Eric Ng | Partner 2017-08-15T19:14:21+00:00

Project Description


Eric Ng graduated from the National University of Singapore in 1985 on a PSC Scholarship. He joined the Attorney General’s Chambers as a State Counsel in 1986 and successfully defended the Registrar in Drilex Systems Pte Ltd v Registrar of Companies.In 1991, Eric Ng joined the private practice first at M/s Lee & Lee, and later at Shook Lin & Bok where he was made partner within three years, before striking out in 1999 to set up his partnership at Ng & Koh and now Malkin & Maxwell LLP.

Eric Ng’s focus is in the area of construction law. He was instrumental in the formation of first the Natural Stone Association, and later, the Specialist Trades Association, Singapore (“STAS”), comprising 10 trades associations that collectively represent most of the specialists in the construction industry.

As legal adviser to the 10 trades associations, he led the industry in their campaign for new laws to facilitate progress payment : the cash flow that constitutes the life blood of the industry. During his campaign, he led the trades associations in dialogues with Members of Parliament, Government Authorities and other stakeholders in the construction industry.

The campaign succeeded in 2004 when the Building and Construction Industry Security of Payment Act was passed and it came into operation in 2005. For details of this campaign

Pursuant to the new legislation, the Singapore Mediation Centre set up a panel of adjudicators to adjudicate on claims for payment in 2005. Eric Ng is now an [adjudicator] accredited with the Singapore Mediation Centre. In his capacity as adjudicator, he has presided over numerous claims brought by parties in the construction industry. This is over and above the numerous cases where Eric represented claimants or respondents in adjudications under this legislation.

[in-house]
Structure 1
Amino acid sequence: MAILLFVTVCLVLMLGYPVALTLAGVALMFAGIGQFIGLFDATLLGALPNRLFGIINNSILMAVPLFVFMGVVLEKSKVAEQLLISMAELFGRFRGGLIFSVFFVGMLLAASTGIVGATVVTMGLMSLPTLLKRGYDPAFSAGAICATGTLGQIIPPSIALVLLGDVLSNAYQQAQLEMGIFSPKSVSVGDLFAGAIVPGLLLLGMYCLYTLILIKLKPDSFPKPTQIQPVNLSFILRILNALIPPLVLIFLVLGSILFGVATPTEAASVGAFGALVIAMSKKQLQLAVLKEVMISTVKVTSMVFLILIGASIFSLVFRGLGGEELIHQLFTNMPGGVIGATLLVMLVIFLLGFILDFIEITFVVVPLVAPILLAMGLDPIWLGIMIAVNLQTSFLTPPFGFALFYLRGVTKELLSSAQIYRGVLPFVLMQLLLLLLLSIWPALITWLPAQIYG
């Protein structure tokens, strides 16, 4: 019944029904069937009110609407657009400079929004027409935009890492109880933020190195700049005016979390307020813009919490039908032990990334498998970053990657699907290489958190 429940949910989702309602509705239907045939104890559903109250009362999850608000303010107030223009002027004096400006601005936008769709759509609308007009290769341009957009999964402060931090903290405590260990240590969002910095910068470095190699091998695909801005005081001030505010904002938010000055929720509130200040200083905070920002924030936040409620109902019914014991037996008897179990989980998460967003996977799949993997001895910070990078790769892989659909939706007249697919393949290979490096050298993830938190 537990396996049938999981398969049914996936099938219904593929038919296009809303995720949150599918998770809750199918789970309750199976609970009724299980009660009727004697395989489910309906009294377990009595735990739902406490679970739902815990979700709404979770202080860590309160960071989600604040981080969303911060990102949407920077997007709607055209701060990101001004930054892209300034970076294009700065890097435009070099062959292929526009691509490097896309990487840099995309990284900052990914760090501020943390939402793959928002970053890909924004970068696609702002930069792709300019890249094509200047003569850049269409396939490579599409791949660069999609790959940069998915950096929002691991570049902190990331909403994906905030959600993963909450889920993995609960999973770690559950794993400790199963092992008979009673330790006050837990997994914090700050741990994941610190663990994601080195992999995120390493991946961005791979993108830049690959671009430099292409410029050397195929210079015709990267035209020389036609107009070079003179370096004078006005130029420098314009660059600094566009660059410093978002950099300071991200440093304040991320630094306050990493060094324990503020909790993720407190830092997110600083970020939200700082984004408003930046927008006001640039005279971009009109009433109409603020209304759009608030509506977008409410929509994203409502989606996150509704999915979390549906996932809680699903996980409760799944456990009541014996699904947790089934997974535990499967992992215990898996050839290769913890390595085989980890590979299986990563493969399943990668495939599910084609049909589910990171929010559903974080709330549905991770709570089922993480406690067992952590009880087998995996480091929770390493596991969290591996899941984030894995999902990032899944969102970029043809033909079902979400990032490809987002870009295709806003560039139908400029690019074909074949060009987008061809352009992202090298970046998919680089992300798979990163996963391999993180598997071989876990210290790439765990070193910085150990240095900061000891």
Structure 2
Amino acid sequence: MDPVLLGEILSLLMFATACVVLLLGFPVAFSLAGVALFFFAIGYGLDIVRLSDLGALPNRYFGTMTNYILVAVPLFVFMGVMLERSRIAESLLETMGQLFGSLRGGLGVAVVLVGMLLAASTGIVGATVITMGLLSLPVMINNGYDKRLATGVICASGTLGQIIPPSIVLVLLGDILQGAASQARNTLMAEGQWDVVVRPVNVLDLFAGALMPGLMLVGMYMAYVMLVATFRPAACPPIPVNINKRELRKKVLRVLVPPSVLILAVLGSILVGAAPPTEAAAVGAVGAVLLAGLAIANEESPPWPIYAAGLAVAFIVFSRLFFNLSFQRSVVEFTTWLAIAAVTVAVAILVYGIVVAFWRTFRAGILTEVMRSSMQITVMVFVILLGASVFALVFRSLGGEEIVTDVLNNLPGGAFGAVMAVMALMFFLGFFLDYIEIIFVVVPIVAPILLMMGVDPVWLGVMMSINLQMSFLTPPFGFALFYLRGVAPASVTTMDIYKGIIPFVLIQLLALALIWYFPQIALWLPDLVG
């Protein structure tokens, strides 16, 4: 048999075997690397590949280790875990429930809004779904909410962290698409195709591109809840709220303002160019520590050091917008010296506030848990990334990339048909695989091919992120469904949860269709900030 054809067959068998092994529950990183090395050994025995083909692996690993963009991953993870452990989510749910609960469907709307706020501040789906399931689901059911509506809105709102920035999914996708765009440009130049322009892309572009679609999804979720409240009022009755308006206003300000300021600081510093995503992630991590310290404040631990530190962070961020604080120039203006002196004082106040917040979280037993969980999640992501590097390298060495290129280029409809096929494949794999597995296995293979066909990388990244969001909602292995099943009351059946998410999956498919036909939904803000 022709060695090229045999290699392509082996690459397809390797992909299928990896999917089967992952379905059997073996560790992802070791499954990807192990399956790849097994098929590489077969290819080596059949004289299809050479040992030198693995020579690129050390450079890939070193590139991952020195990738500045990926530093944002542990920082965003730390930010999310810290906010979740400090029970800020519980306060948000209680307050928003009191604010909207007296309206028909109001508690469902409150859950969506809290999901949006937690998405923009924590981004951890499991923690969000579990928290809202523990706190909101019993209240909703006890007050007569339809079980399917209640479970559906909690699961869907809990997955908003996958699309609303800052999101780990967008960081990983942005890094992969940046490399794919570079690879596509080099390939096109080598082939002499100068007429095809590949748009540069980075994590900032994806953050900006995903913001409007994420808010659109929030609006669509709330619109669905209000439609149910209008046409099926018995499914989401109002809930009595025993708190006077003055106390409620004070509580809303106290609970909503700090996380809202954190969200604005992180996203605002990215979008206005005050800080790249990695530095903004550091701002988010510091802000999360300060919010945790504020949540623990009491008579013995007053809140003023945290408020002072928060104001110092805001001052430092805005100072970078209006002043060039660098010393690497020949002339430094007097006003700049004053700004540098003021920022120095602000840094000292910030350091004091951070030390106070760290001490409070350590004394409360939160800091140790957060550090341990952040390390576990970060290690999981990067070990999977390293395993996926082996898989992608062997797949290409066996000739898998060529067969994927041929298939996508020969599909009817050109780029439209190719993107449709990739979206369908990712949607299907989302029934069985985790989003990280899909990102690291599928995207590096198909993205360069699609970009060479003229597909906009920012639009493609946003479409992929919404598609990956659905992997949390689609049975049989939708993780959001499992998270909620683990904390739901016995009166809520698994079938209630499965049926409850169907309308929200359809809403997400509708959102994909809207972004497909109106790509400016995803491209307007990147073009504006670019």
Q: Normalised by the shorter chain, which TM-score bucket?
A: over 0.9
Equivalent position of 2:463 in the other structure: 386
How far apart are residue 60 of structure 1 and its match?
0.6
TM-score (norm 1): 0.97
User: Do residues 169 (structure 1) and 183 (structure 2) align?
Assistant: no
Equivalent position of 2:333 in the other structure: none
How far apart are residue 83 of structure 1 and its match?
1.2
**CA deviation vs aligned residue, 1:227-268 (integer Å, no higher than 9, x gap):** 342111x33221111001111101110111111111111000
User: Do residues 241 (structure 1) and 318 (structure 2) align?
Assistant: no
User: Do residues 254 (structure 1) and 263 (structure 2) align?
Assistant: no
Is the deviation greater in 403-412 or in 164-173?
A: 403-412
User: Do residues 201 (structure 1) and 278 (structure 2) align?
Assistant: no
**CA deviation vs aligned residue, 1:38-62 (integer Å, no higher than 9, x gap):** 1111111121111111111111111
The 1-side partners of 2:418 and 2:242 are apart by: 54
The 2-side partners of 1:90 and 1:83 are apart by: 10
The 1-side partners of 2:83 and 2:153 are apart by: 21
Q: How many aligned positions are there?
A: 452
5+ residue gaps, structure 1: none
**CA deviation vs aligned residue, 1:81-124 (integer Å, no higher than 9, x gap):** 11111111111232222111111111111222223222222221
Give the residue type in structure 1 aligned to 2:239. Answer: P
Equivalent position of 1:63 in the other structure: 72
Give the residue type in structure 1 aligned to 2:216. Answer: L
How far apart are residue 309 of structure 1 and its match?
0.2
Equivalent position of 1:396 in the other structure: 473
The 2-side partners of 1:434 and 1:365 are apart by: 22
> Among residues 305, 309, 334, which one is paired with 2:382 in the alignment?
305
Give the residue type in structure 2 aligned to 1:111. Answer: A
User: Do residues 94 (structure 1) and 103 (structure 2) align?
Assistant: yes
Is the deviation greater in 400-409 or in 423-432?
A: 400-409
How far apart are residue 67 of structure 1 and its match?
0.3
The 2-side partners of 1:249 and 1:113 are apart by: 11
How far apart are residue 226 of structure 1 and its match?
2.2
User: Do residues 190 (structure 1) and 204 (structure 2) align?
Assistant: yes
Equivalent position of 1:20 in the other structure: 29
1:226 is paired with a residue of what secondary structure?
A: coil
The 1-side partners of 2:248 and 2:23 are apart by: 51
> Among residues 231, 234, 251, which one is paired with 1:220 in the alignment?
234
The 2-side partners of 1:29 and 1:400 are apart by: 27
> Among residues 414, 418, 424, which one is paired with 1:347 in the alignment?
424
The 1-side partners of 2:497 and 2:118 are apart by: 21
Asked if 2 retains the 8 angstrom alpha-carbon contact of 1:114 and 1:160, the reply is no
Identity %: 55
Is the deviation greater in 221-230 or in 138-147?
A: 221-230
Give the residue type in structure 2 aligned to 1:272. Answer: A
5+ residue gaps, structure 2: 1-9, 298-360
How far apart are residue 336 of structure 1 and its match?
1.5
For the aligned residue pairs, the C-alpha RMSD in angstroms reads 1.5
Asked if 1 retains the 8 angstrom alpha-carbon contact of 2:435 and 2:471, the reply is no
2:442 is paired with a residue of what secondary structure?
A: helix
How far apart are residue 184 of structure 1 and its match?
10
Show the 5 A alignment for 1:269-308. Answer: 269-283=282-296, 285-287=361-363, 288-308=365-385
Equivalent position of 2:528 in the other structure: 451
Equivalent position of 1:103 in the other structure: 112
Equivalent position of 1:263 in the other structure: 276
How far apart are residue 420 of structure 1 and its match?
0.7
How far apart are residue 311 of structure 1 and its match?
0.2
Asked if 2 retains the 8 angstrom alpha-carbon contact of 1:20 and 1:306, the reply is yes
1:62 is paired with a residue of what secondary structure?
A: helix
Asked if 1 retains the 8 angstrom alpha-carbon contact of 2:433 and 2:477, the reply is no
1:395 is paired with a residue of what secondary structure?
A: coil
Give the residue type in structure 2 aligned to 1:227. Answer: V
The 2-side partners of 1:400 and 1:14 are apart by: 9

In 2015, our lawyer was the adjudicator in SOP AA 188/2015 where he was faced with a problem posed by three contract documents A, B and C. It transpired that document A was a tender document. Document B was a summary of negotiations which over-rode the tender document. But document C was the terms of contract similar to document A and last to be signed. Document B and C contradicted each other on the permissible date for claims under the contract. Our adjudicator held that document B prevailed because it was the later negotiated document.

Unfortunately, the High Court judge did not agree and set aside his determination.

On appeal, the Court of Appeal in Grouteam v UES Holding held that the High Court judge was wrong. Instead, the Court of Appeal vindicated our adjudicator’s decision and reinstated the determination. The crux of the matter was this — even though document C was signed later than document B, nevertheless it was a reproduction of an earlier document in a tender. The parties must have intended document B to over-ride the earlier document in the tender. This decision shows how interpretation of contract documents can be a tricky matter that may stump even a High Court judge.”


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